Off on a couple of week’s holidays, Adam Proteau will return for his mailbag column on Sept. 7. In his absence several THN staffers have stepped up to answer your questions.
I know it’s been a few years, and time (and a Cup win) heals wounds, but everyone seems to forget Teemu Selanne was in Colorado when Todd Bertuzzi ended Steve Moore’s career. Selanne was one of the more outspoken Avs at the time against what happened. He couldn’t have been too happy with the addition of Brad May (who showed he hasn’t changed by getting suspended in the playoffs), but the addition of Bertuzzi in the off-season seems like it would be a real turn-off for such a class act as Selanne. Teemu wants to play hockey, Burke seems to want to form a team of thugs, so, why is everyone so sure that if Selanne returns it will be with the Ducks?
Interesting question. While I am certain Selanne has not forgiven Bertuzzi for attacking his teammate, players generally stick to playing the game and can be very tolerant of players they once disliked if they are in a winning circumstance.
The defending Stanley Cup-champion Ducks feel they have what it takes to repeat and as long as Bertuzzi doesn’t come in and mess with the team’s chemistry, Selanne, should he decided to continue playing, probably wouldn’t kick up a fuss at having to play with Bertuzzi.
As for Burke forming a team of thugs, his team won the championship last season so it is difficult to poke too many holes in the way he built the Ducks. – Mike Brophy
I can’t help but notice the apparent mass exodus of players to European leagues. Am I just uninformed, or are we seeing unprecedented movement across the Atlantic? With another potential labor dispute looming ahead, we might wonder if this trend foreshadows the end of the NHL as we know it. Once a truly pan-European league forms, professional hockey will retreat like a Pleistocene glacier. In the end this might be a good thing.
Dan, Three Rivers, Michigan
Dan, I’m not quite as pessimistic as you are about the NHL’s future.
It’s still seen by the players as the best (and best-paying) league in the world, but I agree Russia has proven to be a continuing problem for the NHL.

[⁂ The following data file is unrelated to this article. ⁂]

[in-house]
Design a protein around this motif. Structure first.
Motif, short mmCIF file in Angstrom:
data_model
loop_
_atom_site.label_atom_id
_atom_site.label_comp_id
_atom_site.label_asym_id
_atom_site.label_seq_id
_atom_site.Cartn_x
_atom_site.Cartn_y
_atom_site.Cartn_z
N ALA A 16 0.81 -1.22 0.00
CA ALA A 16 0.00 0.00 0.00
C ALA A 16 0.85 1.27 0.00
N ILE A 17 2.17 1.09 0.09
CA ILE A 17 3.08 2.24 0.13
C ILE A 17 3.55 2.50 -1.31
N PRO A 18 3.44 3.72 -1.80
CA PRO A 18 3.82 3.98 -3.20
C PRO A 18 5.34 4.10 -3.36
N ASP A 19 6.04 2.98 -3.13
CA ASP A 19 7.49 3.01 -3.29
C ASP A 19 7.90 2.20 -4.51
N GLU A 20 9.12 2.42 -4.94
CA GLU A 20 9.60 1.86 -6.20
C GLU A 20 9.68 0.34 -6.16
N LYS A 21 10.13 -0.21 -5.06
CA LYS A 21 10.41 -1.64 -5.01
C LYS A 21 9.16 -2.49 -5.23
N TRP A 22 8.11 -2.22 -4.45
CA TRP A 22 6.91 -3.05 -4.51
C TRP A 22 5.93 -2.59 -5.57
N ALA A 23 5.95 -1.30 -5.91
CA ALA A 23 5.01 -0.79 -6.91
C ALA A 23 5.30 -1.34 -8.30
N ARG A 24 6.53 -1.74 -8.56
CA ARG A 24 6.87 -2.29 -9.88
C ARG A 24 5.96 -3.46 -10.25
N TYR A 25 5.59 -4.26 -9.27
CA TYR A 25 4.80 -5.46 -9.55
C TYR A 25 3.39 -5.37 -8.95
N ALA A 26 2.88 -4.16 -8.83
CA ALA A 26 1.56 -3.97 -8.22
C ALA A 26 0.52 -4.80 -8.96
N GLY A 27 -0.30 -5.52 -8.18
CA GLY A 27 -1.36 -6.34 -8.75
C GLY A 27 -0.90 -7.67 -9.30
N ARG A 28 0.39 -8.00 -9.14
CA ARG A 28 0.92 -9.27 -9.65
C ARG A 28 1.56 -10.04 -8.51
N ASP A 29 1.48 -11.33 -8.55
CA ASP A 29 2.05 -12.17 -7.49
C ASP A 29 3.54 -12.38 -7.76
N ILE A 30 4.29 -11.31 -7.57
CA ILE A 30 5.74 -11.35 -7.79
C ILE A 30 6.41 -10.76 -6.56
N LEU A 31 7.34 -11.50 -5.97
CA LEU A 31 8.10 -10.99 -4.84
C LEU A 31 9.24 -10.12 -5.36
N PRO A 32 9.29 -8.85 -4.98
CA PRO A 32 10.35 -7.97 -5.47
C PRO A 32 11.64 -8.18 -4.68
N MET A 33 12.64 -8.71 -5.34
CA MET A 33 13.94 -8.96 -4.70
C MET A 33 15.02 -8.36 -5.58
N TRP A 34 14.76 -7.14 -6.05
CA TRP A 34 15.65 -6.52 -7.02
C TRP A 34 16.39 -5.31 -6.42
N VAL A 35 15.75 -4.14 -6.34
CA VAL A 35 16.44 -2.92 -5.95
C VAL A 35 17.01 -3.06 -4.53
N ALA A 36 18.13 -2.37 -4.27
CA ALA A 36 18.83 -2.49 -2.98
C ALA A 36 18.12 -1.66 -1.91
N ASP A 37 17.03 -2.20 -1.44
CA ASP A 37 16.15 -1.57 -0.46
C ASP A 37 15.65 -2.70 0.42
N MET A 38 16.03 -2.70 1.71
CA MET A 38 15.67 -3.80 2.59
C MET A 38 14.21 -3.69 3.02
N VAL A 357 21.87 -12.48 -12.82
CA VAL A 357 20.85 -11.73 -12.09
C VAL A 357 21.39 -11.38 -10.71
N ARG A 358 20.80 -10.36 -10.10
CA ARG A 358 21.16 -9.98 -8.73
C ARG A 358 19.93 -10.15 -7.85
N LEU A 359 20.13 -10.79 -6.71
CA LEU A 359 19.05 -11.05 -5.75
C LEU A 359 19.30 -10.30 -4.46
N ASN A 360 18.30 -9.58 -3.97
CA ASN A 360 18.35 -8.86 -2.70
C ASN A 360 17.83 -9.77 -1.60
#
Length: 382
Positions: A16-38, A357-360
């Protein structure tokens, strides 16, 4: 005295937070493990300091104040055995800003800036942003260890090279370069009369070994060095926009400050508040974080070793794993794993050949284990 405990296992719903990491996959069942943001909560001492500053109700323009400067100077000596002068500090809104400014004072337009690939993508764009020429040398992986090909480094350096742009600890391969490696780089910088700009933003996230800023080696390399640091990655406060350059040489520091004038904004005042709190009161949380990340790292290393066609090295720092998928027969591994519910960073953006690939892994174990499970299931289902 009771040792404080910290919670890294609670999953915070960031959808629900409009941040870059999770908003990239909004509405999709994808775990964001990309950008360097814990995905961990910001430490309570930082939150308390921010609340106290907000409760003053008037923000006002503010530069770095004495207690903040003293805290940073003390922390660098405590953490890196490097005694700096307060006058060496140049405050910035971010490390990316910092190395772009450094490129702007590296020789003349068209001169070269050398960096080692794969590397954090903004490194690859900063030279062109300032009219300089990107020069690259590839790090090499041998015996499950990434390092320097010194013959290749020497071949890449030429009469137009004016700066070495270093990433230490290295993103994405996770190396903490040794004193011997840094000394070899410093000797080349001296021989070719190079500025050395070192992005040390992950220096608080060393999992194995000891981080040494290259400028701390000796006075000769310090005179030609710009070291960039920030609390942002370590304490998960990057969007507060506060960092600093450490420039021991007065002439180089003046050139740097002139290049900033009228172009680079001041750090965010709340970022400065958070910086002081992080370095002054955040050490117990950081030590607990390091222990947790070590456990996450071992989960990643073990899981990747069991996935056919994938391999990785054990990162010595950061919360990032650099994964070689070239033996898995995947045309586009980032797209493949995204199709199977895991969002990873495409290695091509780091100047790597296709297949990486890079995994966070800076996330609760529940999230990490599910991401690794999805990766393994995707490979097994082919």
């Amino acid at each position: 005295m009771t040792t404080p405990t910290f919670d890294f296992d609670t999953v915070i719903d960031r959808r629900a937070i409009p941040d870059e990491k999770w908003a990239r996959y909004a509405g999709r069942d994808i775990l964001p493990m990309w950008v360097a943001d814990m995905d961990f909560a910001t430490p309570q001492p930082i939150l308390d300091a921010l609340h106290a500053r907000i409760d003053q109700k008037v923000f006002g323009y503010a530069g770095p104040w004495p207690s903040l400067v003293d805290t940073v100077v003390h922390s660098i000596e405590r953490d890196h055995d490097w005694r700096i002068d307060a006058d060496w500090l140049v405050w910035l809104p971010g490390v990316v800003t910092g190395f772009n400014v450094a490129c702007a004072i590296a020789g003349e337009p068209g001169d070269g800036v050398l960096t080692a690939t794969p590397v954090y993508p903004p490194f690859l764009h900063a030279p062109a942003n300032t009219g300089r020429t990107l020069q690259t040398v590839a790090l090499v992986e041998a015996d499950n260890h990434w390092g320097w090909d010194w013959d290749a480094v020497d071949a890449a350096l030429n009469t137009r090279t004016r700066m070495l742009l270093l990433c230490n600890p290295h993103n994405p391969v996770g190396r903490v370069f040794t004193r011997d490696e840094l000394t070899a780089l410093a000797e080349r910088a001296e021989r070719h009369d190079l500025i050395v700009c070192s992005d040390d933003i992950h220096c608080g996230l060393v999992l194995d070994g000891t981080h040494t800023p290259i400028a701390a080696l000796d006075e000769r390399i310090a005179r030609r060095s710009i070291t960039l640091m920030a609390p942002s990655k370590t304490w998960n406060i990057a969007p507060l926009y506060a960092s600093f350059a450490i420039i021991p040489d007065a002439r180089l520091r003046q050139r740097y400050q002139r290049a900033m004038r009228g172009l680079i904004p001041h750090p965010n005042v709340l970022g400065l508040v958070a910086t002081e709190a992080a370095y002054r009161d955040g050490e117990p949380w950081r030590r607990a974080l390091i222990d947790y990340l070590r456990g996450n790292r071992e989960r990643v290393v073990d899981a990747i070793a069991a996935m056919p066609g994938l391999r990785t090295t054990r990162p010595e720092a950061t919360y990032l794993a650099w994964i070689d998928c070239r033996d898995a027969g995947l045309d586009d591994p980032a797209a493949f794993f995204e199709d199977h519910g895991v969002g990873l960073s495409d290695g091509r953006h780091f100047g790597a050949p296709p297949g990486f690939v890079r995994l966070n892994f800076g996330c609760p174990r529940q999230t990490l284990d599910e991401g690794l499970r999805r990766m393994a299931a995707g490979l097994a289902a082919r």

The reason for that is because a number of the teams in the Russian Super League can pay players – particularly mid-range guys – as much or more to play in Russia. And with Russia opting out of the IIHF’s transfer agreement with the NHL, these teams seem to feel free to poach players in the NHL, even those who are under contract (see Alexander Svitov).
I don’t think this spells the end of the NHL as we know it, but there’s no doubt it’s something that needs to be addressed. Getting the Russians into the fold of the IIHF transfer agreement would be a good start.
Hope that helps. – Ken Campbell
When is The NHL Network coming to television in the USA?
Brian, Real simple answer: Now. According to the league, the NHL Network will be available in the U.S. for the 2007-08 season, so stay tuned for more details. – Ryan Kennedy
I had heard on a late-season broadcast last year that the white jerseys would return to being the “home” jerseys for the 2007-08 season in the NHL. Is this true? I think it would be great to have the clean look of the whites at home and the bright team colors on the road. Just wanted to see if this was true. Thanks for the info.
Dan Walker, Buckhannon, W. Va.
According to the NHL, there has been no change from last season. Home teams will continue to wear their dark jerseys; road teams will wear the whites. – Sam McCaig